Healthy Heart

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In CNN Health, Dana Santas, a certified strength and conditioning specialist and mind-body coach in professional sports, has an interesting article about how to keep our heart healthy.

When you think of professional athletes training, you might have an image of impossibly grueling workouts that the average person could never get through. That isn’t exactly accurate. The biggest difference between the way the general public works out and how the pros approach training is style. [..] According to a recent study of nearly 800 professional athletes diagnosed with Covid-19, less than 1% developed cardiac injury.

In the article Dana stresses that although general public could not afford athlete styled training but there are numerous heart-healthy measures used by the pros that can be adopt in our own life.

Dana suggests the following three ways, anybody can strengthen their heart like a pro athlete:

  • Exercise in intervals vs. steady-state cardio : Most athlete strength and conditioning emphasizes interval training, moving from sets of one exercise to another. And this is generally performed in a high-intensity interval training, or HIIT, style, alternating bursts of intense exercise with slower, easier activity. {…] After four weeks, cardiorespiratory fitness improved by 10% with HIIT (high-intensity interval training) compared to only 4% with MICT (moderate-intensity continuous training).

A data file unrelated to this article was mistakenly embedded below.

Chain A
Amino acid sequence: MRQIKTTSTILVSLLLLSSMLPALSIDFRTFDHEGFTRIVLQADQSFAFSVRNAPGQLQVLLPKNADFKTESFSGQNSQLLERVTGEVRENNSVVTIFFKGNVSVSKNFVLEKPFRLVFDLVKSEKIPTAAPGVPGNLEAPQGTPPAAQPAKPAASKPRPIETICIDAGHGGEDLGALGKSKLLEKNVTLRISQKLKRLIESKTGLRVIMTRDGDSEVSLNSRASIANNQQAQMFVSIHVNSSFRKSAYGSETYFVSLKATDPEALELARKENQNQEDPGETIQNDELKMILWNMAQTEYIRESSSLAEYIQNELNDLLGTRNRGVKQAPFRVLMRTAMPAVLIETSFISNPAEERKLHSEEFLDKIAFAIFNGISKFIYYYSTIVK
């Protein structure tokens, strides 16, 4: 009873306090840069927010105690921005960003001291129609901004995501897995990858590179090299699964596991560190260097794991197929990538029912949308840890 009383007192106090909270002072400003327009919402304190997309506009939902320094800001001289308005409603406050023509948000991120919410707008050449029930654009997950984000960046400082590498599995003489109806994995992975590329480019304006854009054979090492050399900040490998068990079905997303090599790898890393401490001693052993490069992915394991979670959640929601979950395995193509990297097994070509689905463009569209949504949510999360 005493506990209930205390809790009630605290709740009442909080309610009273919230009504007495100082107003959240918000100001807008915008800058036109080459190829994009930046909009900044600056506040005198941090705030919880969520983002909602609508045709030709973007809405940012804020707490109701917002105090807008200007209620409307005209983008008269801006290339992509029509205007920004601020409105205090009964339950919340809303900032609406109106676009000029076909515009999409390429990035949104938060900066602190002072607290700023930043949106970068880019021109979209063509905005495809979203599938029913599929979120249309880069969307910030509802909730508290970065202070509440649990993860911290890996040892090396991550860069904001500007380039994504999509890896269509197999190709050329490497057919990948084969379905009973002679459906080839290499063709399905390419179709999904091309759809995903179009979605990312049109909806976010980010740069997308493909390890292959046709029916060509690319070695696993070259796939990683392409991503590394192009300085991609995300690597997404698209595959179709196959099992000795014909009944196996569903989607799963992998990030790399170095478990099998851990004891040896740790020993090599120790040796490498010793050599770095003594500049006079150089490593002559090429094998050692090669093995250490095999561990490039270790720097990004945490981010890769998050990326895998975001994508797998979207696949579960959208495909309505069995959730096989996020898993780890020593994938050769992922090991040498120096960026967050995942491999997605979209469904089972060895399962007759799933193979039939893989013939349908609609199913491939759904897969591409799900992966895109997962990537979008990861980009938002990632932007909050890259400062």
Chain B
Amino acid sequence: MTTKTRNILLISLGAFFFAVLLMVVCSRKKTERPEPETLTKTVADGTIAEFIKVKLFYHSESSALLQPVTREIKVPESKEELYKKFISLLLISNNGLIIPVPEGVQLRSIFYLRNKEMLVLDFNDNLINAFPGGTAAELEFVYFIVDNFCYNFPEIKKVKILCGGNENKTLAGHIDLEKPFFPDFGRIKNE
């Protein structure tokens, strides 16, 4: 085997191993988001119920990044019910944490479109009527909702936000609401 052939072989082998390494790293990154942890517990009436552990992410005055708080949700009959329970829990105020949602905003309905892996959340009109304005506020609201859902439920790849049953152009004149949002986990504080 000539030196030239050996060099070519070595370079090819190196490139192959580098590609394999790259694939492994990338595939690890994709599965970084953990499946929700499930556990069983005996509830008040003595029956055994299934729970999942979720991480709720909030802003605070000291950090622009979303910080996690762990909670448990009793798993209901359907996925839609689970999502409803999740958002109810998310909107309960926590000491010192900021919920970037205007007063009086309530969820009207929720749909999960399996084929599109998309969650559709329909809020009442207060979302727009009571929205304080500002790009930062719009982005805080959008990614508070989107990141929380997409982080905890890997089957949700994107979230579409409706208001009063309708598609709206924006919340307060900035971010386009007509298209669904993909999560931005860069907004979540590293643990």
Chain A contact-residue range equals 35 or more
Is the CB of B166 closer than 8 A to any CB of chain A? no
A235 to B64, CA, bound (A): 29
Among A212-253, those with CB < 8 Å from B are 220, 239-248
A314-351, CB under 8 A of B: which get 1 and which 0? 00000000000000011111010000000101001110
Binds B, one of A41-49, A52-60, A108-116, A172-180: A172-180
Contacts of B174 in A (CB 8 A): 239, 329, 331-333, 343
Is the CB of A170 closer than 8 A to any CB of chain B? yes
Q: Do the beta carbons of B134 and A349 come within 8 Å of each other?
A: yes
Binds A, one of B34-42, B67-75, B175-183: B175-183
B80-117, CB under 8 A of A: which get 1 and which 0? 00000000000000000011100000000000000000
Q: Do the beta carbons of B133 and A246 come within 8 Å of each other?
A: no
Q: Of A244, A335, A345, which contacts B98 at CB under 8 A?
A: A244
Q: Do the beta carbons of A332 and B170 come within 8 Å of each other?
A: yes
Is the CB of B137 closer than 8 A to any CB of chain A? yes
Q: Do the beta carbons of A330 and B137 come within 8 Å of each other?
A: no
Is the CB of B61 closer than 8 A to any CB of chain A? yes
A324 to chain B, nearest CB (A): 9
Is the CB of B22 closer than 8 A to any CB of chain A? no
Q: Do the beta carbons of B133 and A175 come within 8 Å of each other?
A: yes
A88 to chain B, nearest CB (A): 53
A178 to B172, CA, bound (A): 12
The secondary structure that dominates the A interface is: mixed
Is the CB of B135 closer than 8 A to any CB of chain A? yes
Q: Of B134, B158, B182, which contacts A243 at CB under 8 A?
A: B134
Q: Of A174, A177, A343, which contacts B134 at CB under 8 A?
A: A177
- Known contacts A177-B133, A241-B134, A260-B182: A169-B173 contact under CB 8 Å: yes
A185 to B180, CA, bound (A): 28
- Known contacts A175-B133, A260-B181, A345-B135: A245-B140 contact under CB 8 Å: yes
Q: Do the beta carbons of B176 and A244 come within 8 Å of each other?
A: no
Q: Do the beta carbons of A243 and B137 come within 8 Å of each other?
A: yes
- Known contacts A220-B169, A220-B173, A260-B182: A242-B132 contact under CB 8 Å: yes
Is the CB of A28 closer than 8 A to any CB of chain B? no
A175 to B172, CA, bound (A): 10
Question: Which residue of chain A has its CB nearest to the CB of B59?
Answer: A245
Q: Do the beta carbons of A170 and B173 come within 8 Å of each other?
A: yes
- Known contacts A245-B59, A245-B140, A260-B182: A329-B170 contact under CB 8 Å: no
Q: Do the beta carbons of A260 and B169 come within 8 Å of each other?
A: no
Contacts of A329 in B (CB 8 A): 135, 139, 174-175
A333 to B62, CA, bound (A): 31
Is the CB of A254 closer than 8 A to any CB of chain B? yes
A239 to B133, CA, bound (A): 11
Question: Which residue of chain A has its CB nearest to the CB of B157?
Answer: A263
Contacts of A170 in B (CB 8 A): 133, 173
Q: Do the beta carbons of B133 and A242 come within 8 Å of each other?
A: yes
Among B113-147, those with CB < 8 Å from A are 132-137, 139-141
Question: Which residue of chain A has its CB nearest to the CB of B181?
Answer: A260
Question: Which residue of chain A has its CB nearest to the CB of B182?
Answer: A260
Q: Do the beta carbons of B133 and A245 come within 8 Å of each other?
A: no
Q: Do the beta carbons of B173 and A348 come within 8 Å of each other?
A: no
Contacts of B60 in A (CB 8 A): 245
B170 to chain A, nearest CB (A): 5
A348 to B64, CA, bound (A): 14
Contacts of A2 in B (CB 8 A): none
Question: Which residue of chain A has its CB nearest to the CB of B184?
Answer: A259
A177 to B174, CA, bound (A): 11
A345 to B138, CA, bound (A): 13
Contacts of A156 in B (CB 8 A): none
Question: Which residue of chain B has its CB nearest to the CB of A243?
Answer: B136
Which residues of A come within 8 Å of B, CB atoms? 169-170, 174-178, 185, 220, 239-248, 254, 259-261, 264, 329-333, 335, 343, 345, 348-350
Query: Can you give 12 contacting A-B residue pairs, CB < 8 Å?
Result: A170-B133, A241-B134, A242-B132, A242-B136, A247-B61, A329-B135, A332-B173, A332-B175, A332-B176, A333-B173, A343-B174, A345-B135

• Prioritize rest and recovery : The importance of rest and recovery cannot be overstated for both professional athletes and the general population. Every aspect of a person’s physical well-being relies on the ability to recover. The heart muscle is no exception. “Getting good sleep isn’t just important for your energy levels — it’s critical for your heart health, too. Adults who sleep less than 7 hours each night are more likely to say they have had health problems, including heart attack, asthma, and depression. Some of these health problems raise the risk for heart disease, heart attack, and stroke,” according to the US Centers for Disease Control and Prevention.
  • Take a heart-healthy approach to nutrition : Professional sports teams understand that nutrition fuels the bodies of their athletes. That’s why teams employ nutrition experts to ensure the food served to their players not only fuels their performance but also enhances and maintains their overall health, including heart health. “With an awareness of the importance of heart health, we include lean protein in every meal and encourage Omega-3 rich protein snacks, like trail mix. Every meal also consists of fruits and vegetables covering half the plate while staying mindful about the amount of starchy carbs based on training and playing time,” according to Jeremy Chiang, Toronto Blue Jays Major League dietitian.

According to Chiang, the food should limited on saturated and trans fats but prioritize on hydration. “We need to be hydrated to properly absorb nutrients, and, without adequate hydration, blood thickens, putting more stress on the heart.” Chiang recommends hydrating with half your body weight in ounces of fluid, adding more based on activity level.

Even taking few steps or from pro athlete pages from their playbook for cardiac health, one can work toward becoming a pro athlete at heart, says Dana Santas.